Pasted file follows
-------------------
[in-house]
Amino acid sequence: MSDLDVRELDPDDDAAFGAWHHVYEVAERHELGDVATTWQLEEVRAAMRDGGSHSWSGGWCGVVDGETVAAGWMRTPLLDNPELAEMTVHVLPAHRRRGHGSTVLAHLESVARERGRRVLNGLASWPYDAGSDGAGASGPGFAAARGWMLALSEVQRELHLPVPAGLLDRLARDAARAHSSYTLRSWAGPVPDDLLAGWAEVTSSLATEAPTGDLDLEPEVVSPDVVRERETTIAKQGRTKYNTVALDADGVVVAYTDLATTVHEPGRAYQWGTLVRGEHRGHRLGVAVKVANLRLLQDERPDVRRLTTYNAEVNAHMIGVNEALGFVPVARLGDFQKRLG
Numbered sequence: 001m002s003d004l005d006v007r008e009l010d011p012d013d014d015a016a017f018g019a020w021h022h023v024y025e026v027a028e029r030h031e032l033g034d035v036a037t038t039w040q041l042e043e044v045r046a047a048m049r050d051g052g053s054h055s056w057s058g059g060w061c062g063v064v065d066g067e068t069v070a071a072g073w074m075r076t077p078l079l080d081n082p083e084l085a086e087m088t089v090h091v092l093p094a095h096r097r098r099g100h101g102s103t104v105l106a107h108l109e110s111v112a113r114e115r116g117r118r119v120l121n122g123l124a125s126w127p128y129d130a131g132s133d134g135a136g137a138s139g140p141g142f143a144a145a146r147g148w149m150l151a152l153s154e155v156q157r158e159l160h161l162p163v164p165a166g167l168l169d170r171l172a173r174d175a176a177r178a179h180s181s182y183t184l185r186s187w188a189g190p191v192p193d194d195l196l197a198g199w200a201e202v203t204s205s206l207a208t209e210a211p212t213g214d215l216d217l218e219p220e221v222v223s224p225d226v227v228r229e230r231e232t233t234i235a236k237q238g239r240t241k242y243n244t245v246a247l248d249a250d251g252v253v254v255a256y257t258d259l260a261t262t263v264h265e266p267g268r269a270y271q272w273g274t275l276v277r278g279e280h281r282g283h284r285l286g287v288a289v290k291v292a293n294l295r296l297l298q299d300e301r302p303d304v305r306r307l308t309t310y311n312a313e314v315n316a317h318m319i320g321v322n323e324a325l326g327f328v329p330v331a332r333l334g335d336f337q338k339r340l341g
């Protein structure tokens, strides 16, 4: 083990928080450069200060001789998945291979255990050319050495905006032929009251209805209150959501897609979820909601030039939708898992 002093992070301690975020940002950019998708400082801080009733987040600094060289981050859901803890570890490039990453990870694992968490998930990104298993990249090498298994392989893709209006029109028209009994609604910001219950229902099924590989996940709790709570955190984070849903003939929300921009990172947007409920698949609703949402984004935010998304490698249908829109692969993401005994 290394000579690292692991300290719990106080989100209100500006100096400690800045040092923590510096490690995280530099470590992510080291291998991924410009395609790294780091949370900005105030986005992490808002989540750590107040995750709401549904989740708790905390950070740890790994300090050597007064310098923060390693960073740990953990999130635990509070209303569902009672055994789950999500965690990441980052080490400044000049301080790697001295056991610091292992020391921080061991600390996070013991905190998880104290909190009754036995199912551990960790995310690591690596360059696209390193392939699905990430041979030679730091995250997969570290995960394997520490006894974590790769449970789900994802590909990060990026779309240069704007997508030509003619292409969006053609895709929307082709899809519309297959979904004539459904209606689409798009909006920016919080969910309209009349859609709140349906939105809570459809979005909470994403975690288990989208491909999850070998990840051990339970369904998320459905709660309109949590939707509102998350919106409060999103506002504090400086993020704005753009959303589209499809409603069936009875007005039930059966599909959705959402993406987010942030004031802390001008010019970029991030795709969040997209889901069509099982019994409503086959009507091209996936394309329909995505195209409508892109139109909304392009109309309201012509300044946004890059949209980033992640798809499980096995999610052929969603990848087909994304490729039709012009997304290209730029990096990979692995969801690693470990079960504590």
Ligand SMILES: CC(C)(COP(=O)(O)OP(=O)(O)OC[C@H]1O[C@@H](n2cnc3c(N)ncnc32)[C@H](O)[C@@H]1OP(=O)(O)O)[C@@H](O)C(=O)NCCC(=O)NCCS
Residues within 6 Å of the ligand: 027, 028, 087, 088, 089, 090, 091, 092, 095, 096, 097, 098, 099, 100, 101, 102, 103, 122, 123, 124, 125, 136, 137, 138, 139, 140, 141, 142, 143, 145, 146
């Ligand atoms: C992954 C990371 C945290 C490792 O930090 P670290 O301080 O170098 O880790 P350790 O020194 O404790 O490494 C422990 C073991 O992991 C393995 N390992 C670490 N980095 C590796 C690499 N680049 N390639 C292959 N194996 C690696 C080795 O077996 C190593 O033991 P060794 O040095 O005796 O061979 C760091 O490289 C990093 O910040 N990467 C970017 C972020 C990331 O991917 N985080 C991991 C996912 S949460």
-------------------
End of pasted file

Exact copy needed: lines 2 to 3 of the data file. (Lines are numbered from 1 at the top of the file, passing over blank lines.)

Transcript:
Amino acid sequence: MSDLDVRELDPDDDAAFGAWHHVYEVAERHELGDVATTWQLEEVRAAMRDGGSHSWSGGWCGVVDGETVAAGWMRTPLLDNPELAEMTVHVLPAHRRRGHGSTVLAHLESVARERGRRVLNGLASWPYDAGSDGAGASGPGFAAARGWMLALSEVQRELHLPVPAGLLDRLARDAARAHSSYTLRSWAGPVPDDLLAGWAEVTSSLATEAPTGDLDLEPEVVSPDVVRERETTIAKQGRTKYNTVALDADGVVVAYTDLATTVHEPGRAYQWGTLVRGEHRGHRLGVAVKVANLRLLQDERPDVRRLTTYNAEVNAHMIGVNEALGFVPVARLGDFQKRLG
Numbered sequence: 001m002s003d004l005d006v007r008e009l010d011p012d013d014d015a016a017f018g019a020w021h022h023v024y025e026v027a028e029r030h031e032l033g034d035v036a037t038t039w040q041l042e043e044v045r046a047a048m049r050d051g052g053s054h055s056w057s058g059g060w061c062g063v064v065d066g067e068t069v070a071a072g073w074m075r076t077p078l079l080d081n082p083e084l085a086e087m088t089v090h091v092l093p094a095h096r097r098r099g100h101g102s103t104v105l106a107h108l109e110s111v112a113r114e115r116g117r118r119v120l121n122g123l124a125s126w127p128y129d130a131g132s133d134g135a136g137a138s139g140p141g142f143a144a145a146r147g148w149m150l151a152l153s154e155v156q157r158e159l160h161l162p163v164p165a166g167l168l169d170r171l172a173r174d175a176a177r178a179h180s181s182y183t184l185r186s187w188a189g190p191v192p193d194d195l196l197a198g199w200a201e202v203t204s205s206l207a208t209e210a211p212t213g214d215l216d217l218e219p220e221v222v223s224p225d226v227v228r229e230r231e232t233t234i235a236k237q238g239r240t241k242y243n244t245v246a247l248d249a250d251g252v253v254v255a256y257t258d259l260a261t262t263v264h265e266p267g268r269a270y271q272w273g274t275l276v277r278g279e280h281r282g283h284r285l286g287v288a289v290k291v292a293n294l295r296l297l298q299d300e301r302p303d304v305r306r307l308t309t310y311n312a313e314v315n316a317h318m319i320g321v322n323e324a325l326g327f328v329p330v331a332r333l334g335d336f337q338k339r340l341g